One of the first things beginning painters want to know is how to physically put paint on the canvas. There are many options: you might stroke it, dab it, or scrub it, etc. In a sense, your brush stroke is like your handwriting which differs with each individual. Such was the case with Bunker’s fishhooks.
Articles about Sight-Size
Here is an ever-growing collection of articles related to the Sight-Size approach. Many of these articles expand on the lessons I teach my own students. Others are of more historical interest. And yes, many contain promotional content to my free guide, books, and online courses. You can learn how to see accurately so that you can successfully draw what you see. Therefore, all of the content I produce is centered on helping you do that.
When using Sight-Size, a key way to visually check your work is to quickly flick your eye between it and nature (your source). Any errors will appear to visually ‘jump’ out of place. This act relies on a process known by cognitive psychologists as persistence of vision or the sparkler’s trail effect.
The still life stand is the most common piece of studio equipment found in today’s ateliers. Although designs vary, the basic function remains the same – to provide a stable support for casts and still life objects.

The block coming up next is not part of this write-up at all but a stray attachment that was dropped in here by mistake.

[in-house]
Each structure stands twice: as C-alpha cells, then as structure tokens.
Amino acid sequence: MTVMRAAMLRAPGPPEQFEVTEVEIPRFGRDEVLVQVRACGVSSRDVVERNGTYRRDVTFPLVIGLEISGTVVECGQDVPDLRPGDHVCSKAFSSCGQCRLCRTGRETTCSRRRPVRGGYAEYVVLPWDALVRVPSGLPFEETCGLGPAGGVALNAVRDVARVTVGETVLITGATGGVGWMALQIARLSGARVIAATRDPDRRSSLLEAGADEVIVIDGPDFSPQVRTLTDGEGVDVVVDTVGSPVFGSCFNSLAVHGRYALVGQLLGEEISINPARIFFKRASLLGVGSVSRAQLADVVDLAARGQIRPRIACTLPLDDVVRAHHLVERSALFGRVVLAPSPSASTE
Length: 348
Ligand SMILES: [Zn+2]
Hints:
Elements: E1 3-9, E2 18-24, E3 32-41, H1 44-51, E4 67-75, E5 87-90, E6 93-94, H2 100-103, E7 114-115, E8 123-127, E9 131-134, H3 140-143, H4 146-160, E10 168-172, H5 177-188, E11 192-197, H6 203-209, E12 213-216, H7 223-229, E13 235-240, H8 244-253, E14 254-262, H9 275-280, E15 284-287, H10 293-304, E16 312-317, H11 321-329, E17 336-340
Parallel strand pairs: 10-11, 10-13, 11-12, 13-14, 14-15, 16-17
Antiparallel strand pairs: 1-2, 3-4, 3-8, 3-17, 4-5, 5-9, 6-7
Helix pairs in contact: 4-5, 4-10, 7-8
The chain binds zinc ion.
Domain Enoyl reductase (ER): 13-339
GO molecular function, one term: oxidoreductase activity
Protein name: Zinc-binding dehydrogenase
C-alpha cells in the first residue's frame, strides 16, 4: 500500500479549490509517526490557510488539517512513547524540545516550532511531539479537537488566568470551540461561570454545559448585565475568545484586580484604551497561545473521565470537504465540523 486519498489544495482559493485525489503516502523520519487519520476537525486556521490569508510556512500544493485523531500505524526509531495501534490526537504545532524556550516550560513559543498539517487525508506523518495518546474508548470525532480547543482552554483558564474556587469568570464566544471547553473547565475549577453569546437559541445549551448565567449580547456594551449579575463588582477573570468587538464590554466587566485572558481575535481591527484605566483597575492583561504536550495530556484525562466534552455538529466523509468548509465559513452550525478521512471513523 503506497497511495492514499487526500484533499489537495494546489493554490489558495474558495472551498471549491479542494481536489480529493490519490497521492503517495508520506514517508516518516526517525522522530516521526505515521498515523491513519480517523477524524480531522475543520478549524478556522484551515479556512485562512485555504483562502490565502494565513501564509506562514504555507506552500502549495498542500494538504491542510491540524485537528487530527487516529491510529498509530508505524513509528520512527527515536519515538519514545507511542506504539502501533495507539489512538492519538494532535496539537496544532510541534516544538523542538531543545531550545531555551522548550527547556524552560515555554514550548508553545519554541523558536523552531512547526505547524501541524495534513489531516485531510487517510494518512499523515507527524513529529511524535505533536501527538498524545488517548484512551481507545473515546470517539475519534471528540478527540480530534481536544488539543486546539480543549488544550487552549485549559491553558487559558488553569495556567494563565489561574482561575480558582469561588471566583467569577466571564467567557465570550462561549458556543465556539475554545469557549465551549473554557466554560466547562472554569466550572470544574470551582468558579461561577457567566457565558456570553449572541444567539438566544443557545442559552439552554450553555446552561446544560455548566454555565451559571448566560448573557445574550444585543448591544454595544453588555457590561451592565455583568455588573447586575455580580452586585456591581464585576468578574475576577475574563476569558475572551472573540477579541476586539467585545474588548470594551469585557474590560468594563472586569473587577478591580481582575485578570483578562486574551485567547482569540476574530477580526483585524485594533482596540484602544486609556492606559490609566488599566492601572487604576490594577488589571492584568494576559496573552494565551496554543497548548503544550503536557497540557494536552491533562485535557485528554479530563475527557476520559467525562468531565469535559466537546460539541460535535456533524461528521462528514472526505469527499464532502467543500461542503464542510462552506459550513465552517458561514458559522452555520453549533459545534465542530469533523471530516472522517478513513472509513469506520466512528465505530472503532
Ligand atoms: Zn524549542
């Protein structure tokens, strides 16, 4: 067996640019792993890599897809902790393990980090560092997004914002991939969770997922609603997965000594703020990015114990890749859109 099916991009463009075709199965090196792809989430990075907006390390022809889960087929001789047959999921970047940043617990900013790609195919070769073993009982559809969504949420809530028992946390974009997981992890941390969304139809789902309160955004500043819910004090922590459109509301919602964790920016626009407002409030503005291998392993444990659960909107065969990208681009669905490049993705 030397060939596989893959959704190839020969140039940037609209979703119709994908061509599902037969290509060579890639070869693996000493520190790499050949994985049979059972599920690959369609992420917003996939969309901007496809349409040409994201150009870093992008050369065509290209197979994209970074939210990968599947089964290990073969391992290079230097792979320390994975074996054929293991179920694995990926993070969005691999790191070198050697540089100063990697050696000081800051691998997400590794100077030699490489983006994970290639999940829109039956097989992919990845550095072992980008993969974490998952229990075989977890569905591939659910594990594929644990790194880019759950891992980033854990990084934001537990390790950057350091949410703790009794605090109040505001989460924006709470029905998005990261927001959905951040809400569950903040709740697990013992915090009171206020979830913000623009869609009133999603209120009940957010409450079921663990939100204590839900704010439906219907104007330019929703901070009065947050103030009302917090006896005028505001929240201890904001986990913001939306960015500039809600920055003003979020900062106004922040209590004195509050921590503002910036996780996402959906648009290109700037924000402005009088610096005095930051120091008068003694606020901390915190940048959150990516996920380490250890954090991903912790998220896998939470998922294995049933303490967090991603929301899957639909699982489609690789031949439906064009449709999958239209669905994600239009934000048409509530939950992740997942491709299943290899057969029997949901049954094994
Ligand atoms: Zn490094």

In setting out a drawing, this fixing of certain salient points is the first thing for the student to do . . . The next thing to do is to block out the spaces corresponding to those occupied by the model in the field of your vision.
Leonardo da Vinci considered the mirror the master of painters. Translators sometimes take his meaning to be, “the mirror is our teacher.” One might accurately say, the mirror gives us a fresh eye.
In the late Summer of 1885 John Singer Sargent travelled to Broadway, a village in the Cotswolds of south-central England. He was not alone and at his destination was a gathering of artists and writers, later known as the Broadway Group of Artists.
Of the many skills required for successful representational drawing and painting, determining distance is one of the most important. This is true when drawing out of one’s head and all the more when drawing from observation. In fact, when we draw we are constantly measuring.
In this article I take a brief look at William McGregor Paxton (1869–1941). As one of his many artistic descendants I can’t help but be fascinated by him and his work but for the moment I am staying away from his biography. Instead I want to focus on one of his little known theories about binocular vision.
Darren R. Rousar began formal classical art training when he was 16 years old. He has been teaching Sight-Size for over 30 years, to students from age 8 to their mid-80s. Darren is the author of six books, four of which are based on Sight-Size.
Charles Hopkinson was born in 1869, in Cambridge, Massachusetts. After graduating from Harvard he began his formal artistic training at the Art Students’ League in New York. While at the ASL he studied cast drawing under Twachtman and the figure under Mowbray.